The best argument against Plato's Theory of Forms was advanced by Plato himself, as well as Aristotle (though Plato was doing it in order to rebut the argument so as to strengthen his theory). It's known as the Third Man Argument. A man is a man, and he partakes of the form of a man, but part of the form of the man is partaking of the form of the man, so there is another form, that being partaking of the form of a man that is also part of the form of a man, but this means that partaking of that form is also part of the form... Essentially, the Platonic ideals are self-contradictory. In this case, everything partakes of the essence of being, including the essence of being itself.
However, where the Theory of Forms breaks down, Miravalle runs with it and posits that the essence of being is necessarily infinite, which may be why he somehow gives it a physical reality. But his argument is incomplete and full of holes, because he argues that the essence of being exists and all extant things partake of it, but that non-being cannot exist because only non-existent things could partake of it, and they don't exist, which means the essence of non-being must not exist for them to partake of. But even in the absence of a thing partaking of a form (say a room devoid of chairs) that wouldn't mean that a form didn't exist for something to potentially, eventually, partake of it. In fact, even though the form of non-being is a form that cannot be taken by any thing, that doesn't mean that the ideal notion, the Form of non-existence doesn't itself exist in the Platonic theory. In this way, the Platonic Theory of Forms may defeat even Gödel's Incompleteness Theorem. Even members that can't be a member of the set can be a member of the set.
In any event, I cannot accept his notion of forms (the essence of being in this place) that exist separately from the things that partake of those forms, because the qualities of physical objects only exist as they are embodied by physical objects. And even temporarily granting the forms, there is no reason to accept that they have some sort of physical reality in themselves, rather than an ideal, non-physical reality. And even granting some separate universe, there's no reason to grant the form of Being some sort of infinite physical presence because there's no reason not to grant the form of non-Being the same physical reality as the form of Being. And then his final step is perhaps his most egregious failure.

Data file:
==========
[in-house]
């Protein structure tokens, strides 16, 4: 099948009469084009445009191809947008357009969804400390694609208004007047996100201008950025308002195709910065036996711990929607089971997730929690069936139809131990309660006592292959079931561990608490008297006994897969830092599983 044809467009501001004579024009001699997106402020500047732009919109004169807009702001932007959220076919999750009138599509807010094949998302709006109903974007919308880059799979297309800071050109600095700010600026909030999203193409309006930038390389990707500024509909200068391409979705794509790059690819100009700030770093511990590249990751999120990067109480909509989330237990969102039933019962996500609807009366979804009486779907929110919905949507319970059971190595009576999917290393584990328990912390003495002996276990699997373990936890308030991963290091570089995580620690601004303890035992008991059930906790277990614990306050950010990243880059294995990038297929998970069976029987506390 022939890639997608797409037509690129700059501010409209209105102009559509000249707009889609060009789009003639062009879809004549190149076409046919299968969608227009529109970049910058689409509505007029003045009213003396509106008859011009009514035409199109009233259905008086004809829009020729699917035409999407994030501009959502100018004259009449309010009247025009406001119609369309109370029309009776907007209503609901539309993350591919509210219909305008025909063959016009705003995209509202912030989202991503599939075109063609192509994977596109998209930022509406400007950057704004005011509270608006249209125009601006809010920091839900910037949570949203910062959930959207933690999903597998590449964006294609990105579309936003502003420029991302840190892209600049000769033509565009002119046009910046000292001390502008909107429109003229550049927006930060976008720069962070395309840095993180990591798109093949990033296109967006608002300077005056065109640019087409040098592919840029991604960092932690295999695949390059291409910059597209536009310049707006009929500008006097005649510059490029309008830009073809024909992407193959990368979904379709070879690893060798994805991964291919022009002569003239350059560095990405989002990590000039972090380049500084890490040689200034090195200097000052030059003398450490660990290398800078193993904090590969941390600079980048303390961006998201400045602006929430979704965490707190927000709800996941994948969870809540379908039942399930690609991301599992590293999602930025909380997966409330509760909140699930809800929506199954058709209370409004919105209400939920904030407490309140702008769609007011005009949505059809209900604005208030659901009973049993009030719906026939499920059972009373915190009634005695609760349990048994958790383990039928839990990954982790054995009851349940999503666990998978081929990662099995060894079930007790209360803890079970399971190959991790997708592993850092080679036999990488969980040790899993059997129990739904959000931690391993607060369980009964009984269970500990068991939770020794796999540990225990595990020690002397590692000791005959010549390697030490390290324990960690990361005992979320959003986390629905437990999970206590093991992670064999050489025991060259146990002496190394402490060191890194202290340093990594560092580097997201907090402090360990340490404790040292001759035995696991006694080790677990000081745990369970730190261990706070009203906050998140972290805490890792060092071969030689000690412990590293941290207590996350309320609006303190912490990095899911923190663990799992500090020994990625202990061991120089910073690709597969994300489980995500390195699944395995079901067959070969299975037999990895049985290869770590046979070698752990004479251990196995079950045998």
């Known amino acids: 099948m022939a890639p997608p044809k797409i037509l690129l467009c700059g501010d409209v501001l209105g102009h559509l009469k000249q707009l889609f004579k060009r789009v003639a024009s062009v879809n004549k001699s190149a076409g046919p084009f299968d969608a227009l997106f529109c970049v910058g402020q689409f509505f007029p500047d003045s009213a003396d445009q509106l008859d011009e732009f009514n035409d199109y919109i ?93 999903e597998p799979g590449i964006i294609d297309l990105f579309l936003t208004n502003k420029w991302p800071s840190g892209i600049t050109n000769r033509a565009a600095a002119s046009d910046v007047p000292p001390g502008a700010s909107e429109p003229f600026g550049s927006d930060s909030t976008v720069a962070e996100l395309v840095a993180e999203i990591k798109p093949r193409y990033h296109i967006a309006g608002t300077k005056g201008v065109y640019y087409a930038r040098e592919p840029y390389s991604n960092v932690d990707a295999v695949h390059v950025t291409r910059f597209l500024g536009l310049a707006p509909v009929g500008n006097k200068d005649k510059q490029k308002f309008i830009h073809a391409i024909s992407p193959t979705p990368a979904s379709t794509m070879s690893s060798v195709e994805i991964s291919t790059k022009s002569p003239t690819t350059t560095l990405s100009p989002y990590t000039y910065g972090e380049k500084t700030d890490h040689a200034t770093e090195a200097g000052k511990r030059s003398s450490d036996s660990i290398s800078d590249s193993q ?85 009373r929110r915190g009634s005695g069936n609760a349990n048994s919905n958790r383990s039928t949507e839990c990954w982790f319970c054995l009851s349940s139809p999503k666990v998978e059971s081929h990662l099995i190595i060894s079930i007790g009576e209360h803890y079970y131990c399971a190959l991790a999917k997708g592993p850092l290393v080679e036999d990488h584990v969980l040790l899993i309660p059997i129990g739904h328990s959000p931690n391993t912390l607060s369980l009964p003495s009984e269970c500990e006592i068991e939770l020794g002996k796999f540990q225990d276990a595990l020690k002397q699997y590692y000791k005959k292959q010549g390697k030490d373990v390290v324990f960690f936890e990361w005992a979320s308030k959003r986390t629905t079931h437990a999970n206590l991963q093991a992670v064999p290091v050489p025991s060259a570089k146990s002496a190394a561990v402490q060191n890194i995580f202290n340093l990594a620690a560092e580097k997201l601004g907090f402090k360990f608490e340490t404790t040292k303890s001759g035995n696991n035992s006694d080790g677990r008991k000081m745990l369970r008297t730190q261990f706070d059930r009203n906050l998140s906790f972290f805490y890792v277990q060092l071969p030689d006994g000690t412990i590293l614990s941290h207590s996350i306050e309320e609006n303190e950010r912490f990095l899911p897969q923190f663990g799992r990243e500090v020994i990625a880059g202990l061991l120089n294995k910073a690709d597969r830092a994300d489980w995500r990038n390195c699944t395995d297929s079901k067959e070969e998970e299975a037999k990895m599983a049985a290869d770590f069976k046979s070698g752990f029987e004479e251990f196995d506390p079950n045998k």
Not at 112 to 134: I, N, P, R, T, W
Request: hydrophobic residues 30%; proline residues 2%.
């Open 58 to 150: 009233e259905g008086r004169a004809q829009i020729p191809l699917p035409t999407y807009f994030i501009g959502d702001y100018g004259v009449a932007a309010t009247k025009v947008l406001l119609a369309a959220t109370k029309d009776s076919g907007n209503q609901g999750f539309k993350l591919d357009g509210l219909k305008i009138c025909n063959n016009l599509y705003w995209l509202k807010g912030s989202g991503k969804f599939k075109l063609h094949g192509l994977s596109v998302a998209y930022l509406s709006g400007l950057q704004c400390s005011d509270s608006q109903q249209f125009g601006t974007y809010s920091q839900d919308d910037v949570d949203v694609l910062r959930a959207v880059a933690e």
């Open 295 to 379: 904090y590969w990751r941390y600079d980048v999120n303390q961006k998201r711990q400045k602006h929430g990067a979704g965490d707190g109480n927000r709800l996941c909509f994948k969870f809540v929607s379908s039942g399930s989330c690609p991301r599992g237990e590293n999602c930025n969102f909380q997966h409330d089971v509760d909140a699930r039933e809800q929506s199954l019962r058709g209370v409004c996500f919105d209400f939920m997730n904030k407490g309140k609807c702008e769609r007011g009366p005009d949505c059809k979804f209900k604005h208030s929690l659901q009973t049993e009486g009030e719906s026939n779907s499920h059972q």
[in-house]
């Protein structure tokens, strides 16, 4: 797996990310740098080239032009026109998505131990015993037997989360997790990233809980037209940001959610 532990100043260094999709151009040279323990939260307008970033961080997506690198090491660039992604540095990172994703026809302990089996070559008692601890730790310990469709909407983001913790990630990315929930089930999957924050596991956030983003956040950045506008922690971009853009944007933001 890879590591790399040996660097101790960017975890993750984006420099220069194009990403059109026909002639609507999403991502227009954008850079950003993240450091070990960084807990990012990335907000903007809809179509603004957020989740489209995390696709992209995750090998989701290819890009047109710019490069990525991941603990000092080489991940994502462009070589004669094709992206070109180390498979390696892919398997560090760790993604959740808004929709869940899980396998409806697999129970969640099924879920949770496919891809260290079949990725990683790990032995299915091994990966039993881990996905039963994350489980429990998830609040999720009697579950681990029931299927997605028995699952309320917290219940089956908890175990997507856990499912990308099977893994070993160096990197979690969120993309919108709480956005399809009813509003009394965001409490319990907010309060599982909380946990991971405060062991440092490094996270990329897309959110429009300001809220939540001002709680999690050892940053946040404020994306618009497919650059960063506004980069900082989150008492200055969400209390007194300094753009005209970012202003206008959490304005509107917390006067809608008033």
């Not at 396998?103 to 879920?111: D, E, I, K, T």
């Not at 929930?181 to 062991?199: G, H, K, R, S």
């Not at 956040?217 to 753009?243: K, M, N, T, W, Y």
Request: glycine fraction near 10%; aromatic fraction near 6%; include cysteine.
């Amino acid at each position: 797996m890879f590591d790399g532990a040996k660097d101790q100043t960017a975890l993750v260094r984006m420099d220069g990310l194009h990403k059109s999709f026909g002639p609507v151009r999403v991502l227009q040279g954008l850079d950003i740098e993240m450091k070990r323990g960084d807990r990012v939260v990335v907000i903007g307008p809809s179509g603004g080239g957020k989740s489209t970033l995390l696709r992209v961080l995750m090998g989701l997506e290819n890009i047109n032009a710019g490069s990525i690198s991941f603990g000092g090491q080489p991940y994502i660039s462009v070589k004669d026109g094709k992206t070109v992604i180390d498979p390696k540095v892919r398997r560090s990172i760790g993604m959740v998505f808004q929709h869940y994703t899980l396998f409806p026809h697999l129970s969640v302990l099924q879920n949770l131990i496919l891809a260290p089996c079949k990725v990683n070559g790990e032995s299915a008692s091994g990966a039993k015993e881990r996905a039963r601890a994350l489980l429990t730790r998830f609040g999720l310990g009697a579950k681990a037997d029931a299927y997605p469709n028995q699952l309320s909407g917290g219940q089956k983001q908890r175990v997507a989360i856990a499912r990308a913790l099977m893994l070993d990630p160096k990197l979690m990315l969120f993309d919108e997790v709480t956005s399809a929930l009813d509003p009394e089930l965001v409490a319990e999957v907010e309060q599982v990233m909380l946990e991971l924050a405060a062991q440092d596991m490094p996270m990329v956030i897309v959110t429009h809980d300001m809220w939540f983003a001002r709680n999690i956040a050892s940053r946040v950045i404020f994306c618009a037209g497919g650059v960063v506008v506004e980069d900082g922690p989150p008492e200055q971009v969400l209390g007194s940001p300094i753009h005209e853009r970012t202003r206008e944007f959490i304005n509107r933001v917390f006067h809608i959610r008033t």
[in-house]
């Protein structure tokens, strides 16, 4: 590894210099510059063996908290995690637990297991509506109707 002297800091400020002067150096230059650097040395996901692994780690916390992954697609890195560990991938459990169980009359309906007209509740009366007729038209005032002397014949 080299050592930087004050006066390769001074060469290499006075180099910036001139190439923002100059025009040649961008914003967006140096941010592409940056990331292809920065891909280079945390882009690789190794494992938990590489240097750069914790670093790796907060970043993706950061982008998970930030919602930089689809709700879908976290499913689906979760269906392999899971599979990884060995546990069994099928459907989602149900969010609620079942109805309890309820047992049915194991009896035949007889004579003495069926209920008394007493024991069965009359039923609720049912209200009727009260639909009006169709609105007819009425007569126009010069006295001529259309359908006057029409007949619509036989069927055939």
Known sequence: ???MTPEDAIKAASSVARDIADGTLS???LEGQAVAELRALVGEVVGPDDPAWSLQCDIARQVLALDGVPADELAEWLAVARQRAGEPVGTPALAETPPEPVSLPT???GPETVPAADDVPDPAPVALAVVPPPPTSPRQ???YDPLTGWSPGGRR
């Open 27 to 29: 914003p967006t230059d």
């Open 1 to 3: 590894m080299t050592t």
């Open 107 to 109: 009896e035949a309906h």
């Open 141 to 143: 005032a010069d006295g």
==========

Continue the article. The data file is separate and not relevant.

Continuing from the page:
There's no reason to say that this essence of being is god, and particularly not the Christian god.
As a final parting shot, Miravalle delivers a half-formed transcendental apologetic: that just as morality and being descend from god, so too does logic descend from god and therefore the atheist cannot argue against the existence of god because doing so requires the use of logic which requires admitting that god exists. Fortunately, the statement is poorly fleshed out, not well-developed, and I wouldn't have noticed it if I hadn't learned a bit about transcendental apologetics. I hope Barker doesn't respond to it, but as he's a reformed Pentacostalist preacher, I've no idea what his debate style is like. I also hope he doesn't fall into the trap of trying to respond to Miravalle's arguments, weak as they are, but rather correctly identifies that each of them is, in its own way, a restatement of the Kalam Cosmological argument, points out the ultimate weakness of that argument, and dismisses all three.
Next: Barker's turn at the podium.